Prison bosses have admitted that they expected riots when they banned smoking in jails last year.
The Corrections Department's principal research adviser, Dr Carolina Lukkien, told a criminology conference in Auckland that no country had banned smoking in all its prisons on a single day until New Zealand did it on July 1 last year.
"Smoking has long been part of prison culture. Two-thirds of prisoners are smokers," she said.
"It's fair to say we expected riots and expected things not to go as well as they did."
The ban made all tobacco products and lighters "contraband", imposing disciplinary consequences if prisoners or guards were found with them.
Dr Lukkien said the ban was effective. Confiscations plunged from 569 lighters and 237 tobacco items in the first month of the ban to two lighters and 12 tobacco items in June this year.
Nurses in all prisons offered nicotine-replacement patches and lozenges to all smokers for up to 12 weeks.
Dr Lukkien said some prisons held barbecues and concerts to involve prisoners in "celebrating" going smokefree, rather than seeing it as a hardship.
A second evaluation, completed this year by Wellington-based Litmus Ltd and Kaipuke Consultants, found that half of the prisoners who had been smokers said they either would not or might not start smoking again after leaving jail.
It said prisons provided more gym and other exercise facilities to help keep inmates' minds off smoking, and health staff reported health improvements as a result.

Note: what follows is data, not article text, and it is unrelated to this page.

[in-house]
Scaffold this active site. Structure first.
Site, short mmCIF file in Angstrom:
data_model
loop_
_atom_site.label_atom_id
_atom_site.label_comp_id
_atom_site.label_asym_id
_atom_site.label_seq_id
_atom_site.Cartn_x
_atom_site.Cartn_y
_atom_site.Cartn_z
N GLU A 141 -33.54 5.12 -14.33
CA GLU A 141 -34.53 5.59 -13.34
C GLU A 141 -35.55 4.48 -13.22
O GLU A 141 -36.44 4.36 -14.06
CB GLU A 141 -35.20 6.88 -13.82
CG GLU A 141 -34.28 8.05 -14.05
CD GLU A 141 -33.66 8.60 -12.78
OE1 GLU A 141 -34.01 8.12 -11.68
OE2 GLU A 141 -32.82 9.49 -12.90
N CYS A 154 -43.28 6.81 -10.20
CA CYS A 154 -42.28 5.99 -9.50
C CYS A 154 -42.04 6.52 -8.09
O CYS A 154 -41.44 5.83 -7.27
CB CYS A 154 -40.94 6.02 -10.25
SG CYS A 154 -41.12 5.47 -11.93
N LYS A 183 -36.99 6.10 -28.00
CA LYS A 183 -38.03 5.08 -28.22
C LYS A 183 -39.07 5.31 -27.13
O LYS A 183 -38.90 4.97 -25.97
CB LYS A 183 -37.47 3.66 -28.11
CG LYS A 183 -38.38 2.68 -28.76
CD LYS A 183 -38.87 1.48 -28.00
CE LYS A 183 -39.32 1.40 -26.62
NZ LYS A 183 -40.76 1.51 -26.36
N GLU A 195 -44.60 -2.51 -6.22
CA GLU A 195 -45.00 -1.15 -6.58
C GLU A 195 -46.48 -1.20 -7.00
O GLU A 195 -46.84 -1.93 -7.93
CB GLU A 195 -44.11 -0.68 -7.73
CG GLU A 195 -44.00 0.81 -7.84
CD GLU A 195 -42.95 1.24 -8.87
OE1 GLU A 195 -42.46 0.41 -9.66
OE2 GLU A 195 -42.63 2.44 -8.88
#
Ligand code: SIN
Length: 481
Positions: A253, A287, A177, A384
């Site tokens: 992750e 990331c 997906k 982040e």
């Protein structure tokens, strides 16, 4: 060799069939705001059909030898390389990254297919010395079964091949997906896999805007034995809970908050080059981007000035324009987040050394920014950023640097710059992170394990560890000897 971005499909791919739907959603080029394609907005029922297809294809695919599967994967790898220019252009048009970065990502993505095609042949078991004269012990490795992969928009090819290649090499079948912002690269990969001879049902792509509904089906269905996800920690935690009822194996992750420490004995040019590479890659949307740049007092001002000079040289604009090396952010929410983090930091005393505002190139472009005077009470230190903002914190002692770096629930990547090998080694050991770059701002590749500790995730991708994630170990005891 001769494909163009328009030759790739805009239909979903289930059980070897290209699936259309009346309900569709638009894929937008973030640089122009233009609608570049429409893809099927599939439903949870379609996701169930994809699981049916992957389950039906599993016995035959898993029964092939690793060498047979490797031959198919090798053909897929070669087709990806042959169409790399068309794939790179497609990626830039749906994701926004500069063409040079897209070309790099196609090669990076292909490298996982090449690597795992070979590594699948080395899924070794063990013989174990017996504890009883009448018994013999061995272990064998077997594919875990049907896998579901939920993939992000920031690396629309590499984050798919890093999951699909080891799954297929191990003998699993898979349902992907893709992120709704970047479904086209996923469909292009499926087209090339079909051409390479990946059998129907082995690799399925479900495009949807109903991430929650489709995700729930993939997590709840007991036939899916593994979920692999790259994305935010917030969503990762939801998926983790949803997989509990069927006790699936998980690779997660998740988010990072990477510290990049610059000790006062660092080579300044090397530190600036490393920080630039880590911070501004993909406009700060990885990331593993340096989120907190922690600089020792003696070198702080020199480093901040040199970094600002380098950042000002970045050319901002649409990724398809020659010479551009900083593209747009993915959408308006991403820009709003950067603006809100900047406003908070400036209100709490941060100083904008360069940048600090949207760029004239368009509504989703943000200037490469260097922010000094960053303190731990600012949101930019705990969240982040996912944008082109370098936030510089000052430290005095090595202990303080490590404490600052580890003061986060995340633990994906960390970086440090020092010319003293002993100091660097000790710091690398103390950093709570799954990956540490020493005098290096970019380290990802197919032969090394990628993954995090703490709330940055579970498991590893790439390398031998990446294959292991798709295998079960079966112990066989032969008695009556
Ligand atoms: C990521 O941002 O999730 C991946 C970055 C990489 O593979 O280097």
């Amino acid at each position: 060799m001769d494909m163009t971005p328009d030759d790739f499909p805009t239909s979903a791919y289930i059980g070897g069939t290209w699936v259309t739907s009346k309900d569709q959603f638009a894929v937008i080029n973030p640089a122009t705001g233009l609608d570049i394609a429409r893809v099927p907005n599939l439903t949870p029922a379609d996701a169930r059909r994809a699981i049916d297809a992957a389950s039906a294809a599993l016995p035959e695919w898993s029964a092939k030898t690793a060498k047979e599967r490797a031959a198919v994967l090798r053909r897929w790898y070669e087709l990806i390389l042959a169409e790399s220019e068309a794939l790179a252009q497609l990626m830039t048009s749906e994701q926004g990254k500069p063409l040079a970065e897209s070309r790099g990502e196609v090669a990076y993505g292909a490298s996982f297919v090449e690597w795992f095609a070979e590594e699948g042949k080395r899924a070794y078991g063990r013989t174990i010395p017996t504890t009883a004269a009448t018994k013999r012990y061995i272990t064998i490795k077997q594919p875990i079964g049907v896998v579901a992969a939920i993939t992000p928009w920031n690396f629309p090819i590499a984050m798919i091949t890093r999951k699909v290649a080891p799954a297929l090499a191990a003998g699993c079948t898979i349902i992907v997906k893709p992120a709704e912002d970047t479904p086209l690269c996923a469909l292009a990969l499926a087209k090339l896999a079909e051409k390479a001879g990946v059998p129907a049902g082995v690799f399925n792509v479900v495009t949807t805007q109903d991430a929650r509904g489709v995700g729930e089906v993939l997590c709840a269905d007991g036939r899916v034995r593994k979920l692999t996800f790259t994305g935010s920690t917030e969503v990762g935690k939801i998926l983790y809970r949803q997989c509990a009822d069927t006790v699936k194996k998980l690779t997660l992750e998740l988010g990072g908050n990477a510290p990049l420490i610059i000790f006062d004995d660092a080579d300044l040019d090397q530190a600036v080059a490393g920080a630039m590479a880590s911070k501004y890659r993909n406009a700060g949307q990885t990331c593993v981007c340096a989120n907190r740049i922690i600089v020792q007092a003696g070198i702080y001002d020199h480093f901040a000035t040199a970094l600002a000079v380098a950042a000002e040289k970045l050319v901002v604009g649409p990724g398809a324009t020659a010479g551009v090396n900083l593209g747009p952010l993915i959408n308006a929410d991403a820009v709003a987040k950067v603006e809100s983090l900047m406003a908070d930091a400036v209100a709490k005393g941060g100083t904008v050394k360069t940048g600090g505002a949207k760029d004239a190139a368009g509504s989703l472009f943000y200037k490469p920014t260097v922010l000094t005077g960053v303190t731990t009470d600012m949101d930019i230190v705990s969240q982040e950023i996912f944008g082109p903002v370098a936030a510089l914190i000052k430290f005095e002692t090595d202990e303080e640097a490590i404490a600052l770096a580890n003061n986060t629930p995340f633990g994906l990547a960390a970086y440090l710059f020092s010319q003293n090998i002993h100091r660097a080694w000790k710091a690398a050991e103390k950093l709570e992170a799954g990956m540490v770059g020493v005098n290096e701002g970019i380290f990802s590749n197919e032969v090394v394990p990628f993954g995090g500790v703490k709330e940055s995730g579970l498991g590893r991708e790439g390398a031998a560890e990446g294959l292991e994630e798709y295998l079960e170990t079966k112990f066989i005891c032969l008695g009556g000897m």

"Improvements in prisoners' self-esteem and confidence were also evident. Health staff reported prisoners telling them that having given up a nicotine addiction means that they feel they can give up other addictive behaviour also."
The evaluators visited five prisons and found tensions reduced after the ban at two but increased at two others.
"Across all prisons, there has been no observed increase in the number of reported violence incidents (assaults, standovers, intimidation, 'taxing' and fighting) leading up to or following the policy's implementation," the summary said.
But Corrections Association president Beven Hanlon, who works at Hawkes Bay Prison, said violent incidents had increased 180 per cent in the past two years, because of the smoking ban and increased double-bunking.
"It's a bit rich to say there were no riots," he said.
"At Hawkes Bay Prison we had two major incidents in the lead-up to the smoking ban. In one of them, prisoners barricaded themselves in a yard and demanded smokes and eventually got on to the roof.
"Corrections say those don't count because they were before the official start date," Mr Hanlon said. "But a month out, prisoners were no longer allowed to buy tobacco. That was the time we said there would be the most tension."